during the holidays, boundaries are your friend

4 Tips to Manage the Holidays with Chronic Illnesses and EDs

You can enjoy the holiday season as stress and symptom-free as possible.

If you are reading this and struggle with an eating disorder (ED), chronic illness, or both, I am proud of you. You must manage countless challenges each and every day. EDs and chronic illnesses can be thought of as “invisible illnesses.” On the outside someone may appear perfectly fine, yet the inside tells a different story. If you relate, I see you and I hear you.

In this article, I’m going to lay out some of the specific challenges that arise, particularly during the holiday season, and offer a couple of concrete tips to help you navigate this busy time of year. And these tips can help anyone whether or not you have a chronic illness.

The holidays bring up a wide range of emotions for folks. It’s normal to feel excited or grateful, but it’s also normal to feel sad or disappointed as well. For a lot of people, there is a sense of planning that goes into the holiday season – family gatherings, work parties, catching up with friends, travel, etc.

All of these events are delicately planned but do you know what is super unpredictable? Chronic illness. The stress of unpredictability and not knowing if your body will be up for something creates even more stress on the body.

  • “What will people think if I don’t show up?”
  • “I’m going to be so depressed if I can’t go to “x” event.”
  • “How will I deal with the fallout of disappointing others?”

I know what this is like because I’ve been there. Nothing feels worse than planning and looking forward to an event than being sidelined by your health. Now you’re stuck on the couch the rest of the day, wishing you could be anywhere else.

during the holidays, boundaries are your friend

If you’re able to make it to your destination, challenges abound. There’s family and food to have to handle as well. Unwanted comments, judgements, and questions may be another hurdle you have to overcome. If this is something that stresses you out, it may be helpful to have a couple of lines you can say in those situations before changing or leaving the conversations.

Boundaries are your friend. You don’t owe anyone anything you don’t want to share. Know you are doing the very best you can.

When you have a chronic illness and/or eating disorder, food may be something that is also on your mind.

  • What food will be there?
  • Will I be judged for what I’m eating?
  • Will I be comfortable with the food options available?

If you know the food at the event is not going to be something that works for your body, I’d encourage you to bring something that you can enjoy yourself or, even better, bring a dish to share! It can also be helpful to have a support person to lean on in case something comes up in the moment. I’d also encourage you to try to really listen to your body as much as possible. Our body is so smart and often sends us cues if we’re willing to listen.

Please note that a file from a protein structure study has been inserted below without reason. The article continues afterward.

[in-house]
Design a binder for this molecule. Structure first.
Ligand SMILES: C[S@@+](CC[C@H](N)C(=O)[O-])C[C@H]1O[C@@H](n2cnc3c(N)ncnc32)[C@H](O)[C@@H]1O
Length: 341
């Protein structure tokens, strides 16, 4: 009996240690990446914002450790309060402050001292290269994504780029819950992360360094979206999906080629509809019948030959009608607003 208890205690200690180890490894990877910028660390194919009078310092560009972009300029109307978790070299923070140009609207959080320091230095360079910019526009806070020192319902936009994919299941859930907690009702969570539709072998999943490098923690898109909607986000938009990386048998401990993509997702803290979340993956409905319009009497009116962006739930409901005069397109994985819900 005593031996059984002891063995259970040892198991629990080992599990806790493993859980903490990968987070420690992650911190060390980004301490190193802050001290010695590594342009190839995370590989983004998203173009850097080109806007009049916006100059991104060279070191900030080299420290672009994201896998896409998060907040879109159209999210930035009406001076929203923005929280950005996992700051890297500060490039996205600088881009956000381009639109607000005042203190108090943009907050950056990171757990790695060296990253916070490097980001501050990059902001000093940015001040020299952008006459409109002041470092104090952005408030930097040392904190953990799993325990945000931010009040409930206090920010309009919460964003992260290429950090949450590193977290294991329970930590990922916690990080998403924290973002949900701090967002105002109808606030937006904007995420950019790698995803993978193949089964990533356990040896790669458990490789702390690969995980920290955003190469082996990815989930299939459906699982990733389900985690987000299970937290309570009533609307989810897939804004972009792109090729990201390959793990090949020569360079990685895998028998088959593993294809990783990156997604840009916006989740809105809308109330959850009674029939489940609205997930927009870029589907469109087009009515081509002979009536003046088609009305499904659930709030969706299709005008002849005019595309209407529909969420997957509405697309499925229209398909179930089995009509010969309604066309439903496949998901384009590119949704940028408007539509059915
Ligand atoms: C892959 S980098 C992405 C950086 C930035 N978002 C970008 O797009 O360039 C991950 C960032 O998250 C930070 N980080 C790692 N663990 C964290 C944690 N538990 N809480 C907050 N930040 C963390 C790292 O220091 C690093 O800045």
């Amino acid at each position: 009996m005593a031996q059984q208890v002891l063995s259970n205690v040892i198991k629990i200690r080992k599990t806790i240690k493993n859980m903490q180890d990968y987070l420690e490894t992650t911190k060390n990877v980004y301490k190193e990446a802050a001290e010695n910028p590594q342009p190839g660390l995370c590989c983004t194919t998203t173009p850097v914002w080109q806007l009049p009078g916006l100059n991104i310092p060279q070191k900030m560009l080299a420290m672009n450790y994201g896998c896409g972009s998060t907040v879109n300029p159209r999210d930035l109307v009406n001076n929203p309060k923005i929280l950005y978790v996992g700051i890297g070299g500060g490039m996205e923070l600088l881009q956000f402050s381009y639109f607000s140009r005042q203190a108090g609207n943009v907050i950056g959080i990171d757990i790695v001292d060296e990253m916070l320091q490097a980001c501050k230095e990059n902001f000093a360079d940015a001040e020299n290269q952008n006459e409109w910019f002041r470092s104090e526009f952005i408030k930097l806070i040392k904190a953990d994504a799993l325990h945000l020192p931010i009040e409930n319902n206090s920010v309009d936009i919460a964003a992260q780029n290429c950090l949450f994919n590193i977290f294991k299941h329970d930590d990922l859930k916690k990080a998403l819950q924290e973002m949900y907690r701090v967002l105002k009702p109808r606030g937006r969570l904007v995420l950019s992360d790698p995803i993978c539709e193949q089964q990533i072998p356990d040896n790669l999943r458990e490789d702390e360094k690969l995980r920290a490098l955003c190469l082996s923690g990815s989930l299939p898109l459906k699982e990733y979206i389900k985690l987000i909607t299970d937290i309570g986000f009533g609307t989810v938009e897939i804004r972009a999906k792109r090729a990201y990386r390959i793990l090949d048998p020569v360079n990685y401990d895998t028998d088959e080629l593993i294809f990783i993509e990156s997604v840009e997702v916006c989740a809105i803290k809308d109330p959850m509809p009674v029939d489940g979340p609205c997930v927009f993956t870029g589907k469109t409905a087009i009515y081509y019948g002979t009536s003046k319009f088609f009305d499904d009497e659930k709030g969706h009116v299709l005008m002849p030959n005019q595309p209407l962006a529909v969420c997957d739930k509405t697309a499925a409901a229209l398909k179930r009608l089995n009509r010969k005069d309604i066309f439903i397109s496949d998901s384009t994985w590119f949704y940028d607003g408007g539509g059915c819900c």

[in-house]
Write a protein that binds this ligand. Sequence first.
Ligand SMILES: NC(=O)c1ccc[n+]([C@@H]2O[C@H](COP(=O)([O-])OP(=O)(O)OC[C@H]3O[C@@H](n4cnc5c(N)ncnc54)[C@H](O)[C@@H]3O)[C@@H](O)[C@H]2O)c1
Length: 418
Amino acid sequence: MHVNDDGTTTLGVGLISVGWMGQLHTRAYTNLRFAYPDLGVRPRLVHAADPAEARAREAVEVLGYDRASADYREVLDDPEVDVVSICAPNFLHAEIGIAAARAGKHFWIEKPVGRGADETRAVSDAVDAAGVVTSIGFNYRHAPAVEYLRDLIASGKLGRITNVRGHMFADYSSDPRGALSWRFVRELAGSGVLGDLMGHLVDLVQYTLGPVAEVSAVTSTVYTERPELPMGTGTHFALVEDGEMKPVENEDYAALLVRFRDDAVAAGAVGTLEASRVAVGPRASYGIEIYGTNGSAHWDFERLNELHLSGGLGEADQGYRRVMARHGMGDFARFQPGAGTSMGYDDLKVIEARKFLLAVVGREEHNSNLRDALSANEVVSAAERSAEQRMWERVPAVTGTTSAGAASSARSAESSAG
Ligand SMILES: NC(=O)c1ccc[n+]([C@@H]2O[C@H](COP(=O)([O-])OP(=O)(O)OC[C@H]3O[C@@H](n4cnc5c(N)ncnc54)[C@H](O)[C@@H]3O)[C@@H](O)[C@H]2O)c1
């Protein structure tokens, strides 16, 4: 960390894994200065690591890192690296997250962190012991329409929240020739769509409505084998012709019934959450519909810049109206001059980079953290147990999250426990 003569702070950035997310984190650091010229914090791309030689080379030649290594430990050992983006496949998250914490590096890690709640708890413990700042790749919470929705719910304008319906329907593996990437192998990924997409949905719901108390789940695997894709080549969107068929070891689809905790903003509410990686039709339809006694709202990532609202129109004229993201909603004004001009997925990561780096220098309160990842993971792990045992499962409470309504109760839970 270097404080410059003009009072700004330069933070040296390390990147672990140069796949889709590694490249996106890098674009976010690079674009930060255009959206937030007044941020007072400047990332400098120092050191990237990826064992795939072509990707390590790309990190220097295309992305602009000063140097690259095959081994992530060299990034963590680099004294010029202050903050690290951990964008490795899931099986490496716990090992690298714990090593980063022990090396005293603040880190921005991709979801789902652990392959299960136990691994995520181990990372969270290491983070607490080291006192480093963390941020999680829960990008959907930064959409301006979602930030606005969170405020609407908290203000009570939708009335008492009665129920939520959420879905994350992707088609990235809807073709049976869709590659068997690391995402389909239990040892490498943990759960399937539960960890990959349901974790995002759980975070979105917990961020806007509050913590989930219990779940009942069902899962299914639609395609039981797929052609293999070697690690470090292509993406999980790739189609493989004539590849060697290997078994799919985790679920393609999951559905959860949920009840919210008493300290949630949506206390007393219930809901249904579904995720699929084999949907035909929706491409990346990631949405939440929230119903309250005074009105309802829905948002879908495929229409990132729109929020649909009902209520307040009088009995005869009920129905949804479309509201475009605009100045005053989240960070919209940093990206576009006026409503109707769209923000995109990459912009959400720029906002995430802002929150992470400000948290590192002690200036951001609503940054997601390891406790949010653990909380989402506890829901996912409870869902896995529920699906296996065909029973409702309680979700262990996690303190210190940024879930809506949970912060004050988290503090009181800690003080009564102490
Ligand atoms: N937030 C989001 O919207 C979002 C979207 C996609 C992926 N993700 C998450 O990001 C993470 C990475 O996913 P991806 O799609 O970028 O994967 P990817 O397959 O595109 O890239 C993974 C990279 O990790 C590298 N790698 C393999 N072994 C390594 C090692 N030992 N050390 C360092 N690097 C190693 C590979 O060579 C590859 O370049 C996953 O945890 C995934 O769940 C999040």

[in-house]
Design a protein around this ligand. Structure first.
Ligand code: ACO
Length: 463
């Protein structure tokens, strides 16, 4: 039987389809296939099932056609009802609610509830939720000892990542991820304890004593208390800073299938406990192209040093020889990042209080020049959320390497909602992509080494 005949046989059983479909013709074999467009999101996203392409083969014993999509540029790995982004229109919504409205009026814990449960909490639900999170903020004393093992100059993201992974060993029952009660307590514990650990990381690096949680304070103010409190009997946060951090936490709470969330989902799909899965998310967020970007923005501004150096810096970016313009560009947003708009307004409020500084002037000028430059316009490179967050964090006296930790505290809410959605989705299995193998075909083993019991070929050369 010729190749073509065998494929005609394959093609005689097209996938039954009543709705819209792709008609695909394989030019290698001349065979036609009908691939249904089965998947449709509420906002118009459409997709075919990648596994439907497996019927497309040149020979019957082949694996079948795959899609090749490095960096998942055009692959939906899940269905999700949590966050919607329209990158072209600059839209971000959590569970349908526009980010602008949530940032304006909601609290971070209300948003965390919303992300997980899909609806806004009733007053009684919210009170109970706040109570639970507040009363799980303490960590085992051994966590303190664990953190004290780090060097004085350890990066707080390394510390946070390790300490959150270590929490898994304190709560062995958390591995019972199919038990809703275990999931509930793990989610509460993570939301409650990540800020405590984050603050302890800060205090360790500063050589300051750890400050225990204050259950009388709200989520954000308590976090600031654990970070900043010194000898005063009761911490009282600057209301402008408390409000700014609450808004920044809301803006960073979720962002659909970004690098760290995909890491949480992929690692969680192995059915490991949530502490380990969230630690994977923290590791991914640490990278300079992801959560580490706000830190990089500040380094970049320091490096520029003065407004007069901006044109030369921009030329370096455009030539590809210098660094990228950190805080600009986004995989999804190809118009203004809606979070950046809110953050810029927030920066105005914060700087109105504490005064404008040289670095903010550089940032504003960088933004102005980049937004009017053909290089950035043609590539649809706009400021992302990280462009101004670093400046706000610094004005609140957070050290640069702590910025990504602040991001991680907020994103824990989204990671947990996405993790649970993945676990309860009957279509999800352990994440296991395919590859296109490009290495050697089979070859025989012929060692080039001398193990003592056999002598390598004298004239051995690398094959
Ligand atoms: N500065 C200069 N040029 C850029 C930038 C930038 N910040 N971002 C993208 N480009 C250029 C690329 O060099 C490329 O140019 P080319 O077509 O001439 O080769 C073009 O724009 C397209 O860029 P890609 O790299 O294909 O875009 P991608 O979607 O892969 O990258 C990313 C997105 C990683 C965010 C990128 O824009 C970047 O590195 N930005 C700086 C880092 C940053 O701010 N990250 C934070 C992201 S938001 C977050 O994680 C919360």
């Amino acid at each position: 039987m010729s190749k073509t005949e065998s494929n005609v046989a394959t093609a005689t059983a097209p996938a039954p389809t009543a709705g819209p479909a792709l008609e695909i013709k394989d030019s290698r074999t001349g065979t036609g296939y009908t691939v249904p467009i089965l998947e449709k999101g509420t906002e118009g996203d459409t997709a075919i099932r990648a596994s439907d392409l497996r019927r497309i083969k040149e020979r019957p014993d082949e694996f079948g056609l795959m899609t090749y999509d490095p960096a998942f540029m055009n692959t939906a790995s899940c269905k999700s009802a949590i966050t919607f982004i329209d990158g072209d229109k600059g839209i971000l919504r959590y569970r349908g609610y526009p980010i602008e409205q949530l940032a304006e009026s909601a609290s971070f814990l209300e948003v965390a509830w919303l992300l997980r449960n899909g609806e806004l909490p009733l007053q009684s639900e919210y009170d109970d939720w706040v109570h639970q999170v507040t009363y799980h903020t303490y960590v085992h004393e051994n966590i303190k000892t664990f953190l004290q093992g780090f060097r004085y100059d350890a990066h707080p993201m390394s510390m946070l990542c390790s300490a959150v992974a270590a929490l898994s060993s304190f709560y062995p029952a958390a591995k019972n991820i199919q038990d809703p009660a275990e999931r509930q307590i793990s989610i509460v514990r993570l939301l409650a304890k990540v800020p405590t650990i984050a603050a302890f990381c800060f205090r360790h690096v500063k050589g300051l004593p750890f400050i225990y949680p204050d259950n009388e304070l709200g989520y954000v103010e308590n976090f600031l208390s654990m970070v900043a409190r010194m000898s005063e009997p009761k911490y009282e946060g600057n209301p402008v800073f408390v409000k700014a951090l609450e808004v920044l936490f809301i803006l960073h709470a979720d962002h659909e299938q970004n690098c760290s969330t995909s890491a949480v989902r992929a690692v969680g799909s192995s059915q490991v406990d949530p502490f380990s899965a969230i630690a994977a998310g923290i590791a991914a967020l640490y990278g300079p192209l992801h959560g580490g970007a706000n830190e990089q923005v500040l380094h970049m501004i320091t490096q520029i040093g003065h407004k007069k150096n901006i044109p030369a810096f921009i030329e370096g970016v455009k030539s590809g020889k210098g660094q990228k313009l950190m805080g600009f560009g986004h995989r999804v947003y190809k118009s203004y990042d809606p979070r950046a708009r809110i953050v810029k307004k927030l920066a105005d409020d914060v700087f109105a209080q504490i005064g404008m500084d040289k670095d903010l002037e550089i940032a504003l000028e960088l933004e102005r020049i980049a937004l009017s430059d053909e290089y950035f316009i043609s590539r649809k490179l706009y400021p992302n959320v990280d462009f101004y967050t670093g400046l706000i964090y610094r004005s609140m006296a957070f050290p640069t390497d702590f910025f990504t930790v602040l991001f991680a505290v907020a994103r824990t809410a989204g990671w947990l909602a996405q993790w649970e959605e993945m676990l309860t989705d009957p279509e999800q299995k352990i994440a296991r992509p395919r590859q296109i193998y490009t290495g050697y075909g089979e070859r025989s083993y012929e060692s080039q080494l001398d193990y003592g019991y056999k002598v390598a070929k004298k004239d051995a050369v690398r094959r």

I’ve put together a list of things to help you navigate the holiday season the best you are able:

  • Intentionally build in times/days to rest. If you’re going on vacation, perhaps plan to do an excursion one day, but plan on taking it easy the following day. Or if you know you’re going out to dinner with friends, plan to rest earlier in the day. While this may bring up tough feelings, it’s important to acknowledge that your pace may be different from your family and friends.
  • Give yourself permission to say no. If it’s going to put your health at risk or cause you to have more symptoms, is it really worth it? Will you even have fun if you’re not feeling good? It’s okay if you can’t keep up with what others are doing. Consider having an exit plan ready in case something comes up, and you need to leave early.
  • Maintain as much of your normal routine as possible. If you are used to eating three meals and two snacks per day, try to keep that up! Continue to take your medications, go to appointments, prioritize sleep, and build in time for your regular self-care. Your mind and body will thank you.
  • Keep a little emergency kit with you if you will be going outside of the house. For me, this helps keep my mind at ease that if a symptom does pop up, I have the tools to manage it. Some of my go-to things are hand sanitizer, extra medication, gum, a small snack, hydration packets and my glasses.

I hope these tips can help you enjoy the holiday season as stress and symptom-free as possible. By meeting yourself where you are at, setting boundaries, and practicing self-care, you are on the right track to feeling better over this hectic and hopefully joy-filled season.

If you feel this is too much to handle on your own, please reach out. We are here to help folks and families just like you. There is no shame in asking for support, because it is often that support that helps our clients prioritize themselves so you enjoy these holiday seasons and all the events and food that come with them!

Anita Dharwadkar
Registered Dietitian Nutritionist with Marci RD Nutrition

Feel free to reach out to request an appointment and we will be in touch right away.